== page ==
Doing the right thing first is seldom easy. CVS Caremark announced hat it would become the first national pharmacy chain to prevent selling cigarettes along with other tobacco products altogether. The company’s chief executive, Larry J. Merlo, said “We came to the decision that cigarettes and providing medical care just don’t go together in the same setting,” based on the New York Times.
This is a gutsy, principled and potentially expensive move. It’s especially gutsy, and controversial, to get a publicly traded company.
The initial estimates are the decision will surely cost CVS Locations about $2 billion in sales, or about 17 cents per share of stock, annually. I suspect these estimates are most likely low. CVS may only sell $2 billion in tobacco products, however, not many customers just buy a pack of cigarettes once they go to the drugstore. Once they exist, they probably pick up other considerations too. Maybe milk. Maybe candy. Maybe the prescriptions they need to counter the numerous harmful effects of smoking.
CVS is increasingly moving toward providing more health services at their stores. The pharmacy chain has got the second largest quantity of retail locations in the country, 800 which include “Minute Clinics” which provide basic care for common ailments and preventive measures like flu shots. Merlo has said CVS desires to add 700 more such clinics by 2017. The clear narrative CVS hopes to convey to the public is that it is actually a company less about selling assorted retail products and much more about meeting medical care needs which do not require a visit to the doctor.
We have without doubt that, as CVS says, companies dedicated to protecting health have no business within the tobacco business. Some will probably argue they have no business in, say, the candy business either. I don’t buy that logic, though. Candy fails to inexorably poison us as tobacco does.
If CVS were a privately owned company, the analysis could stop there. Private company owners can do whatever they want using their companies. They can decide to forego profit for principle.
A call like that one is tougher for the directors and managers of any publicly traded enterprise like CVS. There is a fiduciary duty to shareholders, which duty generally takes the form of maximizing the long-run value of the home – which is, the company – entrusted to them. CVS may reason that its long-run value is enhanced by sitting on principle in this way. It appears clear that the argument will, in large part, concern positioning the company to consider a more substantial share from the healthcare dollar going forward. The company’s leadership may also debate that sitting on principle will probably draw some customers to them, even since they lose others.
Maybe that logic is sound, however it is not gonna be very easy to prove. I am certain someone will file a lawsuit obliging CVS Corporate Office Address to prove it, too. Unfortunately for CVS’ directors and management team, the likely impact on revenue and customer traffic is way more easily quantified compared to the projected and intangible benefits they presumably hope this decision can create.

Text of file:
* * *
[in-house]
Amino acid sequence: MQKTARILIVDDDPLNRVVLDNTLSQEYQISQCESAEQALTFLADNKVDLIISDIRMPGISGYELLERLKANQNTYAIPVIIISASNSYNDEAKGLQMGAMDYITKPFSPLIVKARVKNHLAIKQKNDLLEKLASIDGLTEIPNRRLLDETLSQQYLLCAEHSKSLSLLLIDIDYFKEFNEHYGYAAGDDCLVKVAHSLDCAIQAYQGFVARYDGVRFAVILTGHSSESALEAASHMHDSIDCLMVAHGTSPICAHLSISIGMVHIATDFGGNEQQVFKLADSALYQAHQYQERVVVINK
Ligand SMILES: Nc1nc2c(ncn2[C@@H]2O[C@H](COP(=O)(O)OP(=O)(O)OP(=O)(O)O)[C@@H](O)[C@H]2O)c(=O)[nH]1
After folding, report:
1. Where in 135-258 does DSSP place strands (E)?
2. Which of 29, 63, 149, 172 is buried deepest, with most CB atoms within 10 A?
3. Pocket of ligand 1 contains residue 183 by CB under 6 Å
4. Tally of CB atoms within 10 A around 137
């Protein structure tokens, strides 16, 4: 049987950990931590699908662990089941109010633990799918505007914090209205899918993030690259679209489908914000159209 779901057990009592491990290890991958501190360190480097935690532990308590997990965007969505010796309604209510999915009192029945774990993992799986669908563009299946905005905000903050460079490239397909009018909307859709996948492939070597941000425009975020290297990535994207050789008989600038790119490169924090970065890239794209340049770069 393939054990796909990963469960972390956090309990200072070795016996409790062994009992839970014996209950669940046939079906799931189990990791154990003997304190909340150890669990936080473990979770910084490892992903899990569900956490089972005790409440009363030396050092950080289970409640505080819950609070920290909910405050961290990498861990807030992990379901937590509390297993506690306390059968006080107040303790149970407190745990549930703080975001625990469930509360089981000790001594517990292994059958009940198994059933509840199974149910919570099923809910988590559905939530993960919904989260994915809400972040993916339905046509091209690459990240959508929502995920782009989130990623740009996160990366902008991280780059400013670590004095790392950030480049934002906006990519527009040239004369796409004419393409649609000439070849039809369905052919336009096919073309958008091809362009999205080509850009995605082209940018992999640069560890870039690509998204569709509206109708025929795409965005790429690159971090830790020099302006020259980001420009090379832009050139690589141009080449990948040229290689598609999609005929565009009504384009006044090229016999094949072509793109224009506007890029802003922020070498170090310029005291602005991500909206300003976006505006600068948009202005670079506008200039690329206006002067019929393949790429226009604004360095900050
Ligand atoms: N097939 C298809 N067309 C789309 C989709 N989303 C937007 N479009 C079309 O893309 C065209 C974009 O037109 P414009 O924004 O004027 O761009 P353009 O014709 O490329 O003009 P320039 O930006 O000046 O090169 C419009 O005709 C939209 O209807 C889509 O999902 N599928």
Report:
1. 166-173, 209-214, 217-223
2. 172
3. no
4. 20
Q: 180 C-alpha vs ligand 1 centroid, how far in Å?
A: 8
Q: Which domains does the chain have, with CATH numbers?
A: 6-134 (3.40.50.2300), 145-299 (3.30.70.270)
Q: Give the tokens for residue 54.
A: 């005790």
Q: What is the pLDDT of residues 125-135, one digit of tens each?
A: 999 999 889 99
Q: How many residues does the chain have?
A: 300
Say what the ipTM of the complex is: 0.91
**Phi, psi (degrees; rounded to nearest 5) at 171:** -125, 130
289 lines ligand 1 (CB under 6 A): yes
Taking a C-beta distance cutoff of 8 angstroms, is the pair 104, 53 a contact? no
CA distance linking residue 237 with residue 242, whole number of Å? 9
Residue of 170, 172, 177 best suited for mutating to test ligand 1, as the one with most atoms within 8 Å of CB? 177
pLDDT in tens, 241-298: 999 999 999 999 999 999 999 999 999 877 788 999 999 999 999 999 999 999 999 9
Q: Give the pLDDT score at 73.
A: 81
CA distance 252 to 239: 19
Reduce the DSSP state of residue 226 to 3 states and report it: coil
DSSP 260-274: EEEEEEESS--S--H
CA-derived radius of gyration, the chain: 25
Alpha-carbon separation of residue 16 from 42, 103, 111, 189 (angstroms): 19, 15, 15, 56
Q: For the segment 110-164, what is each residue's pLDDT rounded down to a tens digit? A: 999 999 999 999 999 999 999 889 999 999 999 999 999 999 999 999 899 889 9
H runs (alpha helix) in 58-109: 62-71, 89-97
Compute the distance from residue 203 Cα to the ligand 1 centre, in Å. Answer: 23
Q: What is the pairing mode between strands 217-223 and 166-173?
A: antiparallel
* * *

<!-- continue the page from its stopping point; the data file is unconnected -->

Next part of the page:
For the time being, CVS is doubling down on its position. It will not only stop selling cigarettes and tobacco products completely by October, but it will launch a “robust national smoking cessation program” this spring, the L . A . Times reported.
Although some shareholders may be hard to win over, CVS’ decision is drawing praise from health care professionals and antismoking groups. Kathleen Sebelius, secretary of Health insurance and Human Services, said in a statement, “Today’s CVS/Caremark announcement helps bring our country even closer to achieving a tobacco-free generation.” Dr. Risa Lavizzo-Mourey, president and chief executive officer in the Robert Wood Johnson Foundation, said from the decision, “CVS is clearly establishing a leadership position for making the nation healthier and then in constructing a culture of health.” (2) Such public endorsements will likely help CVS justify its choice, though they may not be enough alone to appease shareholders right away.
I don’t think CVS does wrong by doing the right thing. Even a public firm can lead by example, as well as the illustration of a company within the medical care business making its customers’ health its chief business focus is really a powerful one. Time will zrfhfn if CVS’ shareholders will reap the rewards of being patient with this particular change. In every case, I think the position of CVS Hours – besides being ethically strong – has sufficient business justification that courts should refrain from second-guessing it. If shareholders are unhappy, they can elect a new board to pick new managers, or they can just sell their shares.
Congratulations to CVS on obtaining the guts to go first. This nonsmoker, at the very least, is ready to walk an extra block or two to show my appreciation through my purchases. The walking is going to be great for me, too.